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How Tea-Drinking Has Calmed Us Over Many Generations…

The Symbolic Womb in Fayyaz's Performance

This month Gallery Isabelle van den Eynde, Dubai shows ‘Obscure Stream of Life, But I’m Still Having My Afternoon Cuppa’ by Iranian artist Bita Fayyazi, with whom we talk for this week’s Six Pillars to Persia.

Comparing Fayyazi’s decisively instinctive modus operandi and her tumultuous underlying concerns to the stream-of-consciousness writing of a towering figure of literary modernism: Virginia Woolf presents itself not only as a method of understanding both Fayyazi’s work and personal response to life today, but also the lasting concerns of Woolf’s writing, for the two are so interlinked. Stream-of-consciousness writing, of which Mrs Dalloway is a famous example, established itself only after the advent of widespread publishing of women writers, and so the hitherto male-dominated and narrow voice of the omnipresent, knowing narrator gave way to the flitting, all-encompassing narration of multiplicitous viewpoints, of which there is no better illustration than Woolf’s novel Mrs Dalloway.

Row, Row Row Your Boat by FayyaziTea Drinking in Public, in the 20s

In Obscure Stream of Life but I’m Still Having My Afternoon Cuppa, Fayyazi tackles fundamental ideas and concepts that have underpinned her other work: Performance 1388/2010 (pictured) and Grind, in which society at large is processed through the intensely personal spectrum of Fayyazi’s own emotional responses. This juxtaposition of the very personal and public space work well for Fayyazi. The gallery write of her: “The chaos and disorder of everyday life, the frailty and futility of thwarted human ambition and greed, set within a framework referencing structures of birth, life and decay, all refracted through Bita Fayyazi’s practice, here becomes a powerful set of artworks.” (Van Enyde)

Similarly via the characters in Mrs Dalloway Woolf assesses both the intensely personal struggle to find space for meaningful communication, for privacy in a world where the rules of society stringently modify behaviour, and how the balance between the two is painfully and frustratingly difficult for each of her characters, therefore us, to attain.

There is also a similar defiance in Fayyazi’s work that the inner Mrs Dalloway expresses in her admiration of the rambunctious and rebellious Sally, and the inner turmoil thrown up by the novel’s context of widespread disillusionment with the British Empire, just as the flood of negative world news of this era has effected Fayyazi, a kind of disillusionment with democracy and progress to which she responds unbounded and spontaneously.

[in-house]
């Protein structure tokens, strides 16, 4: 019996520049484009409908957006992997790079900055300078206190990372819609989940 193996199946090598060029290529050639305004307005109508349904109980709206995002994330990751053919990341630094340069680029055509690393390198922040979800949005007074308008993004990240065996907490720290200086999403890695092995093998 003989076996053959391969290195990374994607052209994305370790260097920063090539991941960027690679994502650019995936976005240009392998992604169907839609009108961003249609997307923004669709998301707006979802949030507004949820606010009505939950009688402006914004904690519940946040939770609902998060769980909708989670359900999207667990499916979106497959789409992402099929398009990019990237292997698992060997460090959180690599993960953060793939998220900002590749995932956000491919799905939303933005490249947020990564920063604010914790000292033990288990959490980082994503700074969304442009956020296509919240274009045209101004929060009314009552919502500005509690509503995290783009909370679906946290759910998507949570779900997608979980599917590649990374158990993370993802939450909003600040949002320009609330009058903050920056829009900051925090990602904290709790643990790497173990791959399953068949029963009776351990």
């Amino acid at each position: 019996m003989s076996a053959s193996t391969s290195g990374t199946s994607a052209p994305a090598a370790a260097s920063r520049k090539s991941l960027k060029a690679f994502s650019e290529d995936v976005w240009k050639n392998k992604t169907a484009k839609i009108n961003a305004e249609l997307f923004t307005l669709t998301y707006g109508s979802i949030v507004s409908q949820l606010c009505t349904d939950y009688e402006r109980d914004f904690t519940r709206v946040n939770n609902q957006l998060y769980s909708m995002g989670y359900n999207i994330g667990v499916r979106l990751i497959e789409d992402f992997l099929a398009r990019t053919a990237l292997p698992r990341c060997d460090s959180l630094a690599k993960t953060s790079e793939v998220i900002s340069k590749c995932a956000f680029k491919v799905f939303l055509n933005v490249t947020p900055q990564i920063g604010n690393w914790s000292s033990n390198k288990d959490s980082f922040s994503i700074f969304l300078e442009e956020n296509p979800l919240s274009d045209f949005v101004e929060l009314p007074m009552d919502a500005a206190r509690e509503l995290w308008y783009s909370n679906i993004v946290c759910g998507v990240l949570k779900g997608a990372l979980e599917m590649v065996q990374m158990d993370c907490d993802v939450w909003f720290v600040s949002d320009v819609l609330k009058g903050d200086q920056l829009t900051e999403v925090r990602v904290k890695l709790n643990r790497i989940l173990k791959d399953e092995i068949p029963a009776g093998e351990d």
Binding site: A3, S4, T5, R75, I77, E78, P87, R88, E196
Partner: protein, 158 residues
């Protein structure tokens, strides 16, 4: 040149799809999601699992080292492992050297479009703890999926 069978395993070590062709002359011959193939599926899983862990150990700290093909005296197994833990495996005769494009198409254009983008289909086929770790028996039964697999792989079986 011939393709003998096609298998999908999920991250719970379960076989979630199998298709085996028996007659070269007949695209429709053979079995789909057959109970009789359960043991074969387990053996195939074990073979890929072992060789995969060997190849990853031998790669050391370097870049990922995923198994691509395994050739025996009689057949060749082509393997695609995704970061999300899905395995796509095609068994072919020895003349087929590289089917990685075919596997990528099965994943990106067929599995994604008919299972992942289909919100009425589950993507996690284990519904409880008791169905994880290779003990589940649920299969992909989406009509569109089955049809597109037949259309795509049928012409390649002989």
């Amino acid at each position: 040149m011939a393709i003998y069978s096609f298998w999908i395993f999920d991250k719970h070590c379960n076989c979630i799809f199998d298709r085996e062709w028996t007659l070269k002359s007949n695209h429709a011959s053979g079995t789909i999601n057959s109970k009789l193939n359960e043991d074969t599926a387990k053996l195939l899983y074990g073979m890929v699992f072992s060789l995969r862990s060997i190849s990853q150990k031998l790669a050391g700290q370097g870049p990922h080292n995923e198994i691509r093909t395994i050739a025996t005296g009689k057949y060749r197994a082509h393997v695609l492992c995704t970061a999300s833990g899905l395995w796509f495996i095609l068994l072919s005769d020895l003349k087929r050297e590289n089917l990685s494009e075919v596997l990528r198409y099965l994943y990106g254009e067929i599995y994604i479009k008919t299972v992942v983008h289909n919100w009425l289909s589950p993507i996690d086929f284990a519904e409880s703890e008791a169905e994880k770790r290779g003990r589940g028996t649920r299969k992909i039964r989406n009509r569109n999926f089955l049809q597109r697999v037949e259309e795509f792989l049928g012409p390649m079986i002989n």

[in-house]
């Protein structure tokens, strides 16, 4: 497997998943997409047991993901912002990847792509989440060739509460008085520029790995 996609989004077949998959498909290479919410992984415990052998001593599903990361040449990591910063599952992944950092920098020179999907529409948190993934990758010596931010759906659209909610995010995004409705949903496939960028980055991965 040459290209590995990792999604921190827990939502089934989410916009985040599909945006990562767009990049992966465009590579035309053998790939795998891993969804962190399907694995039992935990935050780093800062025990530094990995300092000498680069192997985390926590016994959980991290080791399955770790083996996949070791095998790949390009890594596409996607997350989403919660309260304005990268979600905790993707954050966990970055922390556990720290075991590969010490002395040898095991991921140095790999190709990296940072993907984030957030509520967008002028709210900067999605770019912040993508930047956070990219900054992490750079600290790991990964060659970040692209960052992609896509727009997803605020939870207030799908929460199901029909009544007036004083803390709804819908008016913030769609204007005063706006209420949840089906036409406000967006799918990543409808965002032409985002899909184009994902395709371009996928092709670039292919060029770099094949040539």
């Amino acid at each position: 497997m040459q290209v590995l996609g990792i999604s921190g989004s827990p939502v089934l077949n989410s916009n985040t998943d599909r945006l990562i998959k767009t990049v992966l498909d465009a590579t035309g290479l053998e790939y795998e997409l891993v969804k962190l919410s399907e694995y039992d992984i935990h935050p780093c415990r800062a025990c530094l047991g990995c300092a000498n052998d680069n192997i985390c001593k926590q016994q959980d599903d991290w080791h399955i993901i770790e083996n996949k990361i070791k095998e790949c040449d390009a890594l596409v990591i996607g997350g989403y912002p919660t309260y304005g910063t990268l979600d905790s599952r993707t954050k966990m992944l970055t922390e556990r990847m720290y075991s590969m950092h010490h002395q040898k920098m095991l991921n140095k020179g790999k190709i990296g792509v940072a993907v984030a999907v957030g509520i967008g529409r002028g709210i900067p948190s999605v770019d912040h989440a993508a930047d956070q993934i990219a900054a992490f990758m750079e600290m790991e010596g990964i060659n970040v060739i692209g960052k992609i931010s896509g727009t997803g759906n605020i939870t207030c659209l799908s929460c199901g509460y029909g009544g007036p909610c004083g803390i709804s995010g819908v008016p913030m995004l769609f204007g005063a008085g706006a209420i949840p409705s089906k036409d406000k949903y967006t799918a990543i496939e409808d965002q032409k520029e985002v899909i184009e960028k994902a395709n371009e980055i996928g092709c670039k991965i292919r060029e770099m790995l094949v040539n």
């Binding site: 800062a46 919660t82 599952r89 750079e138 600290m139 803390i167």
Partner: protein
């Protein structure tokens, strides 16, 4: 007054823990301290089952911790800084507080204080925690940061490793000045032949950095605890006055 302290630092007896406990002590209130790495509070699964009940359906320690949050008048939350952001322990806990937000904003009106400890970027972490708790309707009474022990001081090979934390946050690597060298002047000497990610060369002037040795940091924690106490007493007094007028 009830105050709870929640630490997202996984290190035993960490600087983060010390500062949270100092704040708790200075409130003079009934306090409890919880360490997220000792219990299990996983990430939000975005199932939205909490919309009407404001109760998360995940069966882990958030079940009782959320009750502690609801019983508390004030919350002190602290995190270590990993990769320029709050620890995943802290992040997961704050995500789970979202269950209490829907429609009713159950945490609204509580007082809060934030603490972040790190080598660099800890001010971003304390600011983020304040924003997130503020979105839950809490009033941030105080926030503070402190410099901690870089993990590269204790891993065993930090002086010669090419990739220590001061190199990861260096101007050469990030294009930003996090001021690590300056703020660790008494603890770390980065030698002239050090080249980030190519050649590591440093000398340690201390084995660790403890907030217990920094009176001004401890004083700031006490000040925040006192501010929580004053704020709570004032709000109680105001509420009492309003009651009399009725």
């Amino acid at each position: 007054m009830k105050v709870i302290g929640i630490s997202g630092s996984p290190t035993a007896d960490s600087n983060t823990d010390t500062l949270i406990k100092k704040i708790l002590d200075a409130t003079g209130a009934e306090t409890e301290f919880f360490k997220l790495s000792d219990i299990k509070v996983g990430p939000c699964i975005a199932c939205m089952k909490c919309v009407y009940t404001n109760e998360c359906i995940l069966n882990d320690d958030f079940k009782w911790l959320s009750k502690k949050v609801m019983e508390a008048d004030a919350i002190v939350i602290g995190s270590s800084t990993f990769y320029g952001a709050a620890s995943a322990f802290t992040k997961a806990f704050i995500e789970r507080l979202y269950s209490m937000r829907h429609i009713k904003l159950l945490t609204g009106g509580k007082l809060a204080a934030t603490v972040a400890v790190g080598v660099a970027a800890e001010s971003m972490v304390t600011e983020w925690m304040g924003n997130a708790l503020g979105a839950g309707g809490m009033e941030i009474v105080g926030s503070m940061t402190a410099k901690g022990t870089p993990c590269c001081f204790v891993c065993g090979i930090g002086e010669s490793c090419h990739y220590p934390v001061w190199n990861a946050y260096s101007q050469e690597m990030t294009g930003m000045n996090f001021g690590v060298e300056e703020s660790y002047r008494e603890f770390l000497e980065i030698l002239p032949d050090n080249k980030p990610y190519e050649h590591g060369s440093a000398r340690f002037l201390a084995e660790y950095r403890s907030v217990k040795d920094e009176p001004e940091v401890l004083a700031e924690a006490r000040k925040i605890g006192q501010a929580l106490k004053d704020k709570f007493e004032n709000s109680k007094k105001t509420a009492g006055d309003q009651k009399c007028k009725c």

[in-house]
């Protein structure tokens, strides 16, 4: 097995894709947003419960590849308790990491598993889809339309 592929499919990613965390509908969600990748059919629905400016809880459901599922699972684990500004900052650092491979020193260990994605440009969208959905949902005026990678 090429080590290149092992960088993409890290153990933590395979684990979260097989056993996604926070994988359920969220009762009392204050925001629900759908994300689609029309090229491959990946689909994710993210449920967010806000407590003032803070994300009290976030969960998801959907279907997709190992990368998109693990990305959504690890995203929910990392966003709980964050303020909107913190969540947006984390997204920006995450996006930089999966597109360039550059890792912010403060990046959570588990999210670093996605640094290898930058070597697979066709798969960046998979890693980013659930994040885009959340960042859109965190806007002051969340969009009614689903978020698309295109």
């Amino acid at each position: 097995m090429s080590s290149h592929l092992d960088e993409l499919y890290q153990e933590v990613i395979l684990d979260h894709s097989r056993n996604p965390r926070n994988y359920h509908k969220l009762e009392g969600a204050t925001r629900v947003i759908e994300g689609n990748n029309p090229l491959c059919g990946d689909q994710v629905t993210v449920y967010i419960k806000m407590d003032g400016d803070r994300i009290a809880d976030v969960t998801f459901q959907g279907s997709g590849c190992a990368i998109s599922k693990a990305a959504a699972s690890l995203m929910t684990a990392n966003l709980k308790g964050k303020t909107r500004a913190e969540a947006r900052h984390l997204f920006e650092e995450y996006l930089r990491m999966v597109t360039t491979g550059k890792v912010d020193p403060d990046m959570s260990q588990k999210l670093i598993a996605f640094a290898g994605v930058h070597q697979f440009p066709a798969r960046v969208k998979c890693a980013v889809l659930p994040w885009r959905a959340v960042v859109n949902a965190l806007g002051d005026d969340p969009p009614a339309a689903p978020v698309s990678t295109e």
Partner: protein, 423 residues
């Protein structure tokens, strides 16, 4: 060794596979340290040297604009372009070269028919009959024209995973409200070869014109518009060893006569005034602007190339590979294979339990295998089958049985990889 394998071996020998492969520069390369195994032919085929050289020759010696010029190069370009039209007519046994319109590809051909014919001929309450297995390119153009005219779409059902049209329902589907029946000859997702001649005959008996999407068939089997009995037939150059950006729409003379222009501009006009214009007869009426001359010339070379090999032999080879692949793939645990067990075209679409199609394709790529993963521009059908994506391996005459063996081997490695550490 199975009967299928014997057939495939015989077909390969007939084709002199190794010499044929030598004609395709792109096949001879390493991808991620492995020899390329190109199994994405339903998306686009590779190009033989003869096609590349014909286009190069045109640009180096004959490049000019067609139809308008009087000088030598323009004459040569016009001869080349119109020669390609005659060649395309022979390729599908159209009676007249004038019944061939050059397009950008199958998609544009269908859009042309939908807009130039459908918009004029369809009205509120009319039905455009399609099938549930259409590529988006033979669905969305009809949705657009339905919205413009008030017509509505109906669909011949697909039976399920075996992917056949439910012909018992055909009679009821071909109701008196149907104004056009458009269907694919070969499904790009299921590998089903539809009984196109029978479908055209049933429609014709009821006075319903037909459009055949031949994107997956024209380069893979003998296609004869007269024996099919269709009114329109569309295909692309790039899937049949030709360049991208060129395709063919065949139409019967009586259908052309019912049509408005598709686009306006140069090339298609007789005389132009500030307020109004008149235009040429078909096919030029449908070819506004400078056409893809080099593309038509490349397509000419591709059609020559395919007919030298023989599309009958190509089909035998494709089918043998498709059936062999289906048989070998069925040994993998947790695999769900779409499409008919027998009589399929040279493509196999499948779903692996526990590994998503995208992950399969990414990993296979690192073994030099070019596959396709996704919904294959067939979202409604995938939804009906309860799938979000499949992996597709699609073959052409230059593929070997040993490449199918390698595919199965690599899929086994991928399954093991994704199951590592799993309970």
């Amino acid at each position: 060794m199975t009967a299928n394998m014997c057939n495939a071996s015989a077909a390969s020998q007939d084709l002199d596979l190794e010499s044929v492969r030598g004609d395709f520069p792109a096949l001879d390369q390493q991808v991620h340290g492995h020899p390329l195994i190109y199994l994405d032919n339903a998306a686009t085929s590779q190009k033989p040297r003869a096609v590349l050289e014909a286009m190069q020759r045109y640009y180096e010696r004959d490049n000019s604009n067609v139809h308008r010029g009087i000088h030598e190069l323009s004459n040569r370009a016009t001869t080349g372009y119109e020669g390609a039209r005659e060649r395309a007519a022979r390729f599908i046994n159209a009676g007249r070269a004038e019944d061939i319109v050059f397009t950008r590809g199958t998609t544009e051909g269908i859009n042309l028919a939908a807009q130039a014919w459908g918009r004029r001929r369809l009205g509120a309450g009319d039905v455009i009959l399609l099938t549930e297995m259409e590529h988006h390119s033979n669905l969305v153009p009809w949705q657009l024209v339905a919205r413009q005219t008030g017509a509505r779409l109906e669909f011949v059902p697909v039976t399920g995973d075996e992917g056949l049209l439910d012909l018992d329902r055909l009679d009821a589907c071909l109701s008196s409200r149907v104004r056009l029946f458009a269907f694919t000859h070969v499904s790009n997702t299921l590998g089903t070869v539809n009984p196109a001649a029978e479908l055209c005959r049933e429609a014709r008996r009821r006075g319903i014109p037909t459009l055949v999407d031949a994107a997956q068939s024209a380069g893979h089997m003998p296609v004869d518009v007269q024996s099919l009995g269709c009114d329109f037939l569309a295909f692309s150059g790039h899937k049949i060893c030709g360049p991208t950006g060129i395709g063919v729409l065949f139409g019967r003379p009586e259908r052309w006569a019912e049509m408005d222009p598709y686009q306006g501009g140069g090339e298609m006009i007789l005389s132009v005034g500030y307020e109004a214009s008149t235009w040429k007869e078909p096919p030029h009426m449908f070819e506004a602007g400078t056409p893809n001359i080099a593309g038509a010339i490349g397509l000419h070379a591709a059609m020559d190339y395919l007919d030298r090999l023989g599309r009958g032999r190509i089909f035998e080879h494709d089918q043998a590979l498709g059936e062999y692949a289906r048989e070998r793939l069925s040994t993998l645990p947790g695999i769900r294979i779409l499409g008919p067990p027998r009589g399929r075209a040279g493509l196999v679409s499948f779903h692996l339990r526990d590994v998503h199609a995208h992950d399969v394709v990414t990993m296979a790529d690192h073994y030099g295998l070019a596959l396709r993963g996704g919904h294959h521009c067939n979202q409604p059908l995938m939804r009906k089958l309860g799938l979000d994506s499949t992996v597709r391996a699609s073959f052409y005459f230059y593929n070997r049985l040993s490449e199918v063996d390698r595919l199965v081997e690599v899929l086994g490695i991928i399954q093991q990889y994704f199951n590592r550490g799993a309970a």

“The nine mannequin pieces in the show, (‘oddities and hybrids’, according to the artist) continue Fayyazi’s formal investigations into seemingly disparate materials and found items, woven together with ostentatious care and prominent knots, ties and bindings. Balls of yarn, hair and wire mesh are wrapped to chimney hood vents, funnels, fiberglass, armatures and plaster, creating grotesque figures that ooze (literally, in some cases) with angst-ridden turmoil. In these figures, Fayyazi presses deformities, desecrations and physical exaggerations into service of her analogies of a ‘crippled, dysfunctional society’. The anger is resigned and philosophical, the mannequins are comically absurd in their twisted impotence and thwarted physicality.” (Van Eynde)

Motifs in Mrs Dalloway often refer to the constant anxiety of the threat of oppression that the sensitive felt at the time, oppression from religion, science, or social convention. As Fayyazi portrays the overbearing flood of world news and global violence as chaotic, deformed beings, all sculptures without words Woolf uses via her words the image of floods to signify oppression – for in her view traditional English society itself pulls under those too weak to withstand it. Lady Bradshaw, for example, eventually succumbs to Sir William’s bullying, overbearing presence. The narrator says “she had gone under,” that her will became “water-logged” and eventually sank into his. Septimus is also sucked under society’s tide by pressure. Earlier in the day, before he commits suicide, from the window he sees everything as though it was underwater. Trees drag their branches through the air as though dragging through water, the daylight is “watery gold,” and his hand on the sofa reminds him of floating in seawater. Interestingly the dress pictured here in Fayyazi’s performance resonates with the colours of Mrs Dalloway’s own dress. Peter sees Clarissa in a “silver-green mermaid’s dress” at her party, “lolloping on the waves.” Between this mermaid’s dress and her ease in bobbing through her party guests, Clarissa manages to stay afloat. However, at points she identifies with Septimus’s purpose in fighting the cycle and going under, even if she won’t give in to the temptation herself.

And so perhaps the defiant but anxious, cathartic works of Fayyazi are part of her own mermaid’s dress, helping both her and the onlooker to stay afloat in times when the flood of consciousness and all the gore that it brings threatens to take us under also. Thank goodness Fayyazi takes after Clarissa then, in her navigation of the stream of life, and not Woolf whose own sensitivities swallowed her up entirely in the end driving her to suicide. Rather than twist and turn in the tide better to tackle the evils society throws at us any way we can and stay afloat, one method for which would be to take the occasional break for a simple cup of tea.

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